Presentation on theme: "HITTITE IMPERIAL PERIODS: (1750-1200 BC). Concurrently with the appearance of writing and wheel-produced pottery in Anatolia, a large group of immigrants."— Presentation transcript:
Concurrently with the appearance of writing and wheel-produced pottery in Anatolia, a large group of immigrants arrived on the plateau. The Hattic civilization, along with other local principalities, fell to these Indo-European invaders known to history as the Hittites. The assimilation of Hatti and other Anatolian Bronze Age cultures, plus the eastern influences from the Assyrian trade relationships, added to the language and culture brought with the invaders from northwestern Europe and produced what is known as the Hittite civilization. Now Anatolian artifacts would have added features: antelopes, pigs, eagles, cats, snails, and sharply pointed boots. Ring seals with hieroglyphic writing combined with cuneiform script to make them easy to read, came into use. Ivory objects appear for the first time, especially of the Hittite fertility goddess, known as Kubaba. Hattusa, originally a Hattic settlement, became the Hittite capital of an empire which was, at the time, rivaled only by Egypt and Babylon. The twin bulls, representing the Storm God
The Shasu spies shown being beaten by the Egyptians
Battle of Kadesh It took place in 1275 BCE in what is now southern Syria. The result was the first ever known treaty ending a war. The Hittites under Muwatalli II and Egyptians under Ramesses II agreed to mutually defend each other against all other enemies.
Treaty of the Battle of Kadesh File:Istanbul - Museo archeol. - Trattato di Qadesh fra ittiti ed egizi (1269 a.C.) - Foto G. Dall'Orto 28-5-2006.jpg
The Hanging Gardens of Babylon were a present to Nebuchadnezzar's wife that contained exotic plants and animals which were imported from all over the world. Babylon during the reign of Chaldean King Nebuchadnezzar had conquered and controlled virtually all of the then known world and he made use of these conquests in furnishing his garden with decor which made it become one of the seven wonders of the world.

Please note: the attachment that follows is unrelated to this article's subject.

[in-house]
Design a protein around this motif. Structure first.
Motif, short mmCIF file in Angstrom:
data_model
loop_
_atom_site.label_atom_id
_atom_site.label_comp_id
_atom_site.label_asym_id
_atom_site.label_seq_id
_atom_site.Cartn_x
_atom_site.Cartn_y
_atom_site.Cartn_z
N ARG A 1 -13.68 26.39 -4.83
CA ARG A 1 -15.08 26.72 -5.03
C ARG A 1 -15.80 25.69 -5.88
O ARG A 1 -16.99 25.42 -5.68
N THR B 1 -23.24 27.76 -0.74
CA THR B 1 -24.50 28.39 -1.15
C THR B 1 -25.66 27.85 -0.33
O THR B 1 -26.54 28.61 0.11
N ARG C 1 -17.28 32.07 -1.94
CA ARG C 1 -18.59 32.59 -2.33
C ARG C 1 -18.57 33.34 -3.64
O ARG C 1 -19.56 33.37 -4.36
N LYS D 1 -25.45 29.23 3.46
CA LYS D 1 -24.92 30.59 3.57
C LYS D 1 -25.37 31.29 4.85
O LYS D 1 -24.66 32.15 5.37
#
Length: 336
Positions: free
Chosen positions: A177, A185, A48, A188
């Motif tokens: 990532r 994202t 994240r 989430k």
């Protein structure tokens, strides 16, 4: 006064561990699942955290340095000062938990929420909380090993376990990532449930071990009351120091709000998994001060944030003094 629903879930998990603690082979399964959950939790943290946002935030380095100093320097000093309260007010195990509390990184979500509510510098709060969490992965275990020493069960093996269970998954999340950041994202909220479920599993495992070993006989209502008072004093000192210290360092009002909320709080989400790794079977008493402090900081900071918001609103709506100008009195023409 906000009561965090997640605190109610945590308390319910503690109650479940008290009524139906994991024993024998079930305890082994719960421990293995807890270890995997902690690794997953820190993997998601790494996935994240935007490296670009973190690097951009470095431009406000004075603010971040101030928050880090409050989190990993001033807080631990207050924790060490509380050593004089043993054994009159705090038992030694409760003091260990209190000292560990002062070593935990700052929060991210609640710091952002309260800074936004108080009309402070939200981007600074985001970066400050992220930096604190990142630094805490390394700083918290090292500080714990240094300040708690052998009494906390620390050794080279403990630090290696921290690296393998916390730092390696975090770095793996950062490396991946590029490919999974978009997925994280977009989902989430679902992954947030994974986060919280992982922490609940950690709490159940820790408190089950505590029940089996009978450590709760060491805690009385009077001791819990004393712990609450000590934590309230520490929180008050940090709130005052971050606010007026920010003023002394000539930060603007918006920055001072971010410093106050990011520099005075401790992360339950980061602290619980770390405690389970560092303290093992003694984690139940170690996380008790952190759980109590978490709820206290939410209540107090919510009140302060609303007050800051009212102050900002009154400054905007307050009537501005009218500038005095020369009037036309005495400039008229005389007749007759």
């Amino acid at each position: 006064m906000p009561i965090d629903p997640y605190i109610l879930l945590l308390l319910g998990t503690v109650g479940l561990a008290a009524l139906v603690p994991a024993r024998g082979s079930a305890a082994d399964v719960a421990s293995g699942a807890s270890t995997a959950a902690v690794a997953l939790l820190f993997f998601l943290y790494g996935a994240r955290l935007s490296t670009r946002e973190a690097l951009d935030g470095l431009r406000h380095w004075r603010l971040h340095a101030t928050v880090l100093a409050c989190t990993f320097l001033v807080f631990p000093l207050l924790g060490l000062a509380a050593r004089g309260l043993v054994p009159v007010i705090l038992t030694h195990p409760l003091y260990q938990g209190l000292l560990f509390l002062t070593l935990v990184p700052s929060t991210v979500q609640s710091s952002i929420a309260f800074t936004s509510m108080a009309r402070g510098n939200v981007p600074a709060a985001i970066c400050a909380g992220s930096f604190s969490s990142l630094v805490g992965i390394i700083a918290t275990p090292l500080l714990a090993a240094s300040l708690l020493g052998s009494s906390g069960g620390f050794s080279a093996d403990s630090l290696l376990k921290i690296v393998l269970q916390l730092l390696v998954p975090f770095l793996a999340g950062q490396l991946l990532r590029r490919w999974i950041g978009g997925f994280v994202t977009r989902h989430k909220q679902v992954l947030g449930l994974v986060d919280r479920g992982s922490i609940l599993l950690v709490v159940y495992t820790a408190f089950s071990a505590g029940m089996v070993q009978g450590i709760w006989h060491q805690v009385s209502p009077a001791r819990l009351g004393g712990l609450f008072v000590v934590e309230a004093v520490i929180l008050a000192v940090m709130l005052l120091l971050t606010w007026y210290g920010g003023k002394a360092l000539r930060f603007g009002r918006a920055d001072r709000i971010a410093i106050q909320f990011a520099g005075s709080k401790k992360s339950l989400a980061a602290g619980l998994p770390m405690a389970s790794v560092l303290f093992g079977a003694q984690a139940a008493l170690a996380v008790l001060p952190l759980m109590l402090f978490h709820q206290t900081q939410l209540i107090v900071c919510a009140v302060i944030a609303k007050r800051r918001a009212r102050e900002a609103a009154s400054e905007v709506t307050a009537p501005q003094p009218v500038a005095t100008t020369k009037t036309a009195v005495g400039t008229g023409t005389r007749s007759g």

The only remaining wonder of the ancient world, the Great Pyramid of Giza was built as a tomb around 2560 BC for the Egyptian Pharaoh Cheops of the Fourth Dynasty. Built over the course of 20 years, it stands at 146.6 meters (480.97 feet) and was the tallest man-man structure for more than 3,800 years. Great Pyramid of Cheops
The temple of Artemis at Ephesus A colossal wonder of marble and bronze dating back to the seventh century BC, the temple of Artemis of ancient Ephesus, in present day Turkey was a place of worship and a market place in one, catering to the everyday spiritual and material needs of faithful shoppers.
In his right hand a figure of Victory made from ivory and gold. In his left hand, his scepter inlaid with all metals, and an eagle perched on the scepter. The sandals of the god are made of gold, as is his robe. It built in 450 BCE in Olympia, on the west coast of modern Greece, about 150 km west of Athens, at the site of the ancient Olympic Games. Destroyed by fire in 462 CE in Constantinople. The Statue of Zeus at Olympia
The Mausoleum at Halicarnassus Built in 350 BCE in the city of Bodrum (f.k.a. Halicarnassus) on the Aegean Sea, in south-west Turkey by King Mausollos of Caria. A tribute state of the Persian Empire. Originally damaged by an earthquake, Crusaders used its stones to fortify their castle in 1522 CE.
Colossus of Rhodes Constructed to celebrate the unification of the Island of Rhodes' three city-states Ialysos, Kamiros, and Lindos, the colossus was a testament of resistance and willpower against the siege of Antigonids of Macedonia on the island. Built in 282 BCE, it stood at the entrance of the harbor but was destroyed by an earthquake in 226 BCE and never rebuilt.
The Lighthouse of Alexandria Shortly after the death of Alexander the Great, his commander Ptolemy Soter assumed power in Egypt. He had witnessed the founding of Alexandria, and established his capital there. Construction started in 290 BC and was completed after the death of Ptolemy and vanished after two major earthquakes in 1303 and 1323.